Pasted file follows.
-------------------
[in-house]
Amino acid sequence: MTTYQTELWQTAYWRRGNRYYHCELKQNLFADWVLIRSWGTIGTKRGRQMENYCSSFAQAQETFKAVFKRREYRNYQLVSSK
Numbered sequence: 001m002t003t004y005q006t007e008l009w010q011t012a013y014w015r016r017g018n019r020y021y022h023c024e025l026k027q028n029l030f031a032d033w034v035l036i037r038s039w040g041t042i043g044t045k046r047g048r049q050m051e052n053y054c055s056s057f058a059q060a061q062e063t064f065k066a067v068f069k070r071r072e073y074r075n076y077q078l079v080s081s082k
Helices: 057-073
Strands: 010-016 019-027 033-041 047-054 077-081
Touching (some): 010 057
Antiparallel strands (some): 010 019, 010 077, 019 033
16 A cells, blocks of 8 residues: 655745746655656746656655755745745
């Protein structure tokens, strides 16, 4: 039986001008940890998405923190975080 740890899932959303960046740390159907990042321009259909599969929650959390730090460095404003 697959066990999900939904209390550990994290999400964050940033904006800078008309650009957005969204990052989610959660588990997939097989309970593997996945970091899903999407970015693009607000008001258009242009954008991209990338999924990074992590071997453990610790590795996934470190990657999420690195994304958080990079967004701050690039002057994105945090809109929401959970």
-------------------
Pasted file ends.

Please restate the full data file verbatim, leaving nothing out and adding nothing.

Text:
[in-house]
Amino acid sequence: MTTYQTELWQTAYWRRGNRYYHCELKQNLFADWVLIRSWGTIGTKRGRQMENYCSSFAQAQETFKAVFKRREYRNYQLVSSK
Numbered sequence: 001m002t003t004y005q006t007e008l009w010q011t012a013y014w015r016r017g018n019r020y021y022h023c024e025l026k027q028n029l030f031a032d033w034v035l036i037r038s039w040g041t042i043g044t045k046r047g048r049q050m051e052n053y054c055s056s057f058a059q060a061q062e063t064f065k066a067v068f069k070r071r072e073y074r075n076y077q078l079v080s081s082k
Helices: 057-073
Strands: 010-016 019-027 033-041 047-054 077-081
Touching (some): 010 057
Antiparallel strands (some): 010 019, 010 077, 019 033
16 A cells, blocks of 8 residues: 655745746655656746656655755745745
């Protein structure tokens, strides 16, 4: 039986001008940890998405923190975080 740890899932959303960046740390159907990042321009259909599969929650959390730090460095404003 697959066990999900939904209390550990994290999400964050940033904006800078008309650009957005969204990052989610959660588990997939097989309970593997996945970091899903999407970015693009607000008001258009242009954008991209990338999924990074992590071997453990610790590795996934470190990657999420690195994304958080990079967004701050690039002057994105945090809109929401959970």